Radiographer Careers

How to become Radiographer

What does a Radiographer do?

Radiographers help diagnose or treat patients who are ill or injured, using different kinds of radiation such as x-rays, radioisotopes, ultrasound and magnetic resonance. The work requires knowledge of anatomy, physiology and pathology and the ability to work with highly technical, computerised equipment, while at the same time caring for patients.

There are two types of radiography:

  • diagnostic radiography - this involves producing and interpreting high-quality images of the body to identify and diagnose injury and disease or screen for abnormalities. Increasingly, radiographers are involved in interventional procedures, such as biopsies.
  • therapeutic radiography - this includes planning and delivering prescribed treatment using x-rays and other radioactive sources. They work closely with a team of medical specialists to plan and treat malignant tumours or tissue defects, using radiation. The work involves assessing and monitoring the patient throughout the course of treatment and follow up.
Both types of radiographers work as part of a multidisciplinary team alongside radiologists, clinical oncologists, physicists, radiology nurses and other health care professionals.

What's the working environment like working as a Radiographer?

Most radiographers in the NHS work 35 hours a week, although under new legislation this may increase to 37.5 hours a week. Diagnostic radiographers regularly work nights and weekends.

Diagnostic radiographers work mainly in the radiography department of a hospital, but could also work in other departments such as outpatients, Accident and Emergency, operating theatres and wards. Unsocial hours are often required to accommodate shift patterns. Increasingly there are opportunities for radiographers to work in primary health care (particularly GP surgeries), and occasionally sports clubs, using ultrasound to assess injury.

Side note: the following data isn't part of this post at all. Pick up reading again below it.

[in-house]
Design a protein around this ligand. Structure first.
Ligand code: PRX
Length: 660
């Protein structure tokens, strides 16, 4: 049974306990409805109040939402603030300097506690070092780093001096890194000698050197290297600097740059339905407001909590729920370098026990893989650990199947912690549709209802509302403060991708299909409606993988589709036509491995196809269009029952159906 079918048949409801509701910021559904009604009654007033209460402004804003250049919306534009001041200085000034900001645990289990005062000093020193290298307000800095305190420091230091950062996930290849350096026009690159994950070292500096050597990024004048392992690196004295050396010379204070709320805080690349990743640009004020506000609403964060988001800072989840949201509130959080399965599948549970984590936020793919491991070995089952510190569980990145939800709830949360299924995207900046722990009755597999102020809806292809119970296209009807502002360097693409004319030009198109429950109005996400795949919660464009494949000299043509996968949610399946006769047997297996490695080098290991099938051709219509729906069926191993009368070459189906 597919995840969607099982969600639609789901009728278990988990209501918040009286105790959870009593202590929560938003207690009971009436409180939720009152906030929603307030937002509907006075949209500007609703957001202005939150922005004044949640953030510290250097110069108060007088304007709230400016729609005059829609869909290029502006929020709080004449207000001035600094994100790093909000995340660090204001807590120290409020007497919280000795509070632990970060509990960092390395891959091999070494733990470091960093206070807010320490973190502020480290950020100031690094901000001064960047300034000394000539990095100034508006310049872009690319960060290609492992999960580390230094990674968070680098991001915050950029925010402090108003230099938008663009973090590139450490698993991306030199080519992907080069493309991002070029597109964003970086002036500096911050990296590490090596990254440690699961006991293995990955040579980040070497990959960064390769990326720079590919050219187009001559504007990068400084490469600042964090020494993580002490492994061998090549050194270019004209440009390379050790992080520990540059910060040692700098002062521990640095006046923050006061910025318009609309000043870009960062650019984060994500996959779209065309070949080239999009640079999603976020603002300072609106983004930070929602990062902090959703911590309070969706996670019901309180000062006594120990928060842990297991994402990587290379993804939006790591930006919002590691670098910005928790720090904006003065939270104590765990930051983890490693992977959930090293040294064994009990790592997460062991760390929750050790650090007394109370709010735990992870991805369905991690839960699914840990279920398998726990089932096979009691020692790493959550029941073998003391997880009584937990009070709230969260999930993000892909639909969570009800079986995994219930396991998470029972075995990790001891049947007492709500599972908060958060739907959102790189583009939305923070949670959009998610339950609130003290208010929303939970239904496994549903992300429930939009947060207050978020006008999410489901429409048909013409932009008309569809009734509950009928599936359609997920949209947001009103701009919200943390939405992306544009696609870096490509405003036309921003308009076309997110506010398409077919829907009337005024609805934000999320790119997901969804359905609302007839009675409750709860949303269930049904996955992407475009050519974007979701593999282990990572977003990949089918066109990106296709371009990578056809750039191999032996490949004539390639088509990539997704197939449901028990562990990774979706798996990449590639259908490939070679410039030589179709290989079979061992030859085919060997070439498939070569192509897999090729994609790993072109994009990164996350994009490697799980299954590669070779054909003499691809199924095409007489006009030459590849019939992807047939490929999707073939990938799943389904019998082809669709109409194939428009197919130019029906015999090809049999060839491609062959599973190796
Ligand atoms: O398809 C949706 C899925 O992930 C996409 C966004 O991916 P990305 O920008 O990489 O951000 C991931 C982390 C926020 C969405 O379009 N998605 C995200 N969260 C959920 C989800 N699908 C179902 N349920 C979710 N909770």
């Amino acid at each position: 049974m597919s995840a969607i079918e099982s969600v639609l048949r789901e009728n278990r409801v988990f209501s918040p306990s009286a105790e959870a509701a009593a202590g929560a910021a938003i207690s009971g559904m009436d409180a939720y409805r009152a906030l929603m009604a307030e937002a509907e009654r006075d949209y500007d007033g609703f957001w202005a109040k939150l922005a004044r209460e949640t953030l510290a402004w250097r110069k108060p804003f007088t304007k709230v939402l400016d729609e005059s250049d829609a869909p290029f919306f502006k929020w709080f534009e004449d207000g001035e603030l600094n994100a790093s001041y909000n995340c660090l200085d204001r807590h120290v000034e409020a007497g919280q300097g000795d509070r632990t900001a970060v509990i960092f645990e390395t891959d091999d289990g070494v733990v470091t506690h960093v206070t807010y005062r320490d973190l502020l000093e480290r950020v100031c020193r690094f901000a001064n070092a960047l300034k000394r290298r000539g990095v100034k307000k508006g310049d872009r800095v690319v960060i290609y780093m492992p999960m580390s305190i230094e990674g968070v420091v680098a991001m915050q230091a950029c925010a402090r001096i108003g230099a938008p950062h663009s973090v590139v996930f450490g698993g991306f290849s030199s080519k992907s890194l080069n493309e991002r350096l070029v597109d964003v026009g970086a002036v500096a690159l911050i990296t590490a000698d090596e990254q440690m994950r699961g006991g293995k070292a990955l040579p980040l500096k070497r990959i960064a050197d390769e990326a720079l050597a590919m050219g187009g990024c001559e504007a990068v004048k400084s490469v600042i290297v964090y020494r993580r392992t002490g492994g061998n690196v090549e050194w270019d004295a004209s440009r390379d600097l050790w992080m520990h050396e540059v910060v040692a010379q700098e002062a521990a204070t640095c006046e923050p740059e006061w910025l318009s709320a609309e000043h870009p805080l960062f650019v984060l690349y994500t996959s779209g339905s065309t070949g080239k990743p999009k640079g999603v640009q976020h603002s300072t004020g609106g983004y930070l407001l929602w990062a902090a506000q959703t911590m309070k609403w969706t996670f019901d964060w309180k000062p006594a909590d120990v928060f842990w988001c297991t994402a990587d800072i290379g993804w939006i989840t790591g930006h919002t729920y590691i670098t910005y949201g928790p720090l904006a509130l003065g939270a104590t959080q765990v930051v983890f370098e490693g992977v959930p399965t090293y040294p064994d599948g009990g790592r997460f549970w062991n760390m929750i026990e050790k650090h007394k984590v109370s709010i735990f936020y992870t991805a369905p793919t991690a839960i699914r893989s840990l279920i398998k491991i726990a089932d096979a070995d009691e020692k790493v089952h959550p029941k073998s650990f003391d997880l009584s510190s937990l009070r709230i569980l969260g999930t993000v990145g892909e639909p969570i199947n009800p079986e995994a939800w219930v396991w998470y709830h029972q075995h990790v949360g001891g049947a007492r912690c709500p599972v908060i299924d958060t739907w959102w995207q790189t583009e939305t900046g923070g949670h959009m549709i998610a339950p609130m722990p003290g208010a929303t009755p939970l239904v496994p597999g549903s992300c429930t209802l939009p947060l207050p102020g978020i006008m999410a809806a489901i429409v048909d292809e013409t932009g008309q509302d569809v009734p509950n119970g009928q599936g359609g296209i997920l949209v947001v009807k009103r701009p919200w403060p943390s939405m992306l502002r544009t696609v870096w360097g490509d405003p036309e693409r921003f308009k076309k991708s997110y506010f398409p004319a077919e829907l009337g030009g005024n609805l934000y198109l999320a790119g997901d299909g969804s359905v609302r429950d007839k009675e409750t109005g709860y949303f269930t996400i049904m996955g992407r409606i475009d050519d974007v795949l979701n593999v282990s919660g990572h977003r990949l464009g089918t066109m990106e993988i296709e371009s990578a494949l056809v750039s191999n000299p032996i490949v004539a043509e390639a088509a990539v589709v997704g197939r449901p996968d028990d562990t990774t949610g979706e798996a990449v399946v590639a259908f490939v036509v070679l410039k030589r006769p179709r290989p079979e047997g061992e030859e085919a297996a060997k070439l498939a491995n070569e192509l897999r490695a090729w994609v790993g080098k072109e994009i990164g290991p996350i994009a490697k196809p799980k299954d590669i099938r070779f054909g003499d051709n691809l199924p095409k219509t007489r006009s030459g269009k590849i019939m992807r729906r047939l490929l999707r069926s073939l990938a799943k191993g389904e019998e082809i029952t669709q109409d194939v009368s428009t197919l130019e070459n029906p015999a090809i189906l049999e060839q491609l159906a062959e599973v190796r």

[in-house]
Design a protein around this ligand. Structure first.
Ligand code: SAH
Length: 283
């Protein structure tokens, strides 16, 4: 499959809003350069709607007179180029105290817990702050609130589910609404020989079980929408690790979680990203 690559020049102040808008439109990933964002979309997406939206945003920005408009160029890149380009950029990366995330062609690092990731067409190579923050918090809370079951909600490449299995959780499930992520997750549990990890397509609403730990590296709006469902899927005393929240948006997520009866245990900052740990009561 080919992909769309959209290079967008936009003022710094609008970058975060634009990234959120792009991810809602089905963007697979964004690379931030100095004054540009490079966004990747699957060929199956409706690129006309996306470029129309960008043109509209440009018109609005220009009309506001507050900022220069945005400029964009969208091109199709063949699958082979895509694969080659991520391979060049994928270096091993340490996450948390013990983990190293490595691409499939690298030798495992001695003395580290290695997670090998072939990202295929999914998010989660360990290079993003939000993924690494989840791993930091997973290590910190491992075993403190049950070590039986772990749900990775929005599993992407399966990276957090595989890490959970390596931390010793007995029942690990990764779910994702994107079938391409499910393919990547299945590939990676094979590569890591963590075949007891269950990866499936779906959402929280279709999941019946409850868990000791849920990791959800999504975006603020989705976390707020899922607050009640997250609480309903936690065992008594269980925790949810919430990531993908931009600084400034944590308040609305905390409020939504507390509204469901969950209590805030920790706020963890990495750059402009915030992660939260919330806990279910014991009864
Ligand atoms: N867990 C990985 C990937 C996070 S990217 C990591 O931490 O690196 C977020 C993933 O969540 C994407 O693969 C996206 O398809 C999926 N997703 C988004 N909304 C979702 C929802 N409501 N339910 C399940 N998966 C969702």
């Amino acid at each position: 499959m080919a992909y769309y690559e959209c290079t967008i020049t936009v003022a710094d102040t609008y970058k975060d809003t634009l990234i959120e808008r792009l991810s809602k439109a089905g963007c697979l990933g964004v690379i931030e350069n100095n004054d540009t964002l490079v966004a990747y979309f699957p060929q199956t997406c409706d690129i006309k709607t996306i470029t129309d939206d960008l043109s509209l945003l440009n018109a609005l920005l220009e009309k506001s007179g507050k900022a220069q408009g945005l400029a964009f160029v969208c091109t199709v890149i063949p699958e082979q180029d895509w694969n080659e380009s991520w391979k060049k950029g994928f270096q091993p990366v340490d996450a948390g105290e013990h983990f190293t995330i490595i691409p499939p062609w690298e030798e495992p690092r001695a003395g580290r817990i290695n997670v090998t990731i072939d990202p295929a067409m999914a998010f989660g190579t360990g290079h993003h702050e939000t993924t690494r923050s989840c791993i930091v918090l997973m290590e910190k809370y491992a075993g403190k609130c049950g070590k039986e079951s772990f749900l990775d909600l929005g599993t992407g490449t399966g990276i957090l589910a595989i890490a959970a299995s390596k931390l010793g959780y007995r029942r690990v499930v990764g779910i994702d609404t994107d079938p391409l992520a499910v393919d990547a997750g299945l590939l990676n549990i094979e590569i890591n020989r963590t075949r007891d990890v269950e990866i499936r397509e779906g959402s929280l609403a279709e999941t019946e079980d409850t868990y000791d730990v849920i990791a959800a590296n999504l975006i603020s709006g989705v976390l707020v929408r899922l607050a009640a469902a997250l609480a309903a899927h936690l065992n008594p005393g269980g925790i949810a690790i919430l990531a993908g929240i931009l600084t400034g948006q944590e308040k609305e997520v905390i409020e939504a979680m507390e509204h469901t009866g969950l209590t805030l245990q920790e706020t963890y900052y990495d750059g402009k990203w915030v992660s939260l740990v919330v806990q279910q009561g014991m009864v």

Therapeutic radiographers work in specially equipped radiotherapy/oncology centres across the country.

Radiographers usually wear a uniform, and diagnostic radiographers wear protective clothing when carrying out certain procedures. The work can be tiring, stressful and physically and emotionally demanding.

What does it take to become a Radiographer?

To be a radiographer you should:

  • have an interest and ability in science subjects, especially biology and physics
  • have an aptitude for working with complex high-tech equipment
  • work with accuracy and attention to detail
  • be able to think quickly and make decisions independently
  • be willing to keep up to date with new techniques and treatments
  • have excellent communication and interpersonal skills
  • be able to understand the emotional needs of patients who are very ill
  • be physically fit and emotionally resilient.

Radiographer Career Opportunities

Most radiographers are employed in NHS hospitals, clinics or radiotherapy centres. There are some opportunities to work in private hospitals or the armed forces, and to work abroad.

There are opportunities to undertake further training and qualifications to specialise in a particular area of work, for example, counselling and palliative care; using particular techniques or equipment; or working with a particular group of patients. Others may specialise in research, teaching or quality assurance.

Career progression is to senior radiographer and superintendent. Radiographers may also move into departmental or general NHS management.

Further information

If you would like to know anything about Radiographer that does not appear on Hotcourses, further information can be found below.

The Society and College of Radiographers
207 Providence Square
Mill Street
Tel: 020 7740 7200

NHS Careers
PO Box 376
BS99 3EY
Tel: 0845 606 0655

NHS Learning and Development Service
Tel: 08000 150 850

Facts and Stats:

  • The biggest blood transfusion was carried out in 1970 and totalled 1,080 litres.
  • The record number of surviving multiple births is seven, recorded in both Illinois, USA and Saudi Arabia.
  • The thumb has a special section, separate from the area that controls the fingers, reserved for it in the brain.

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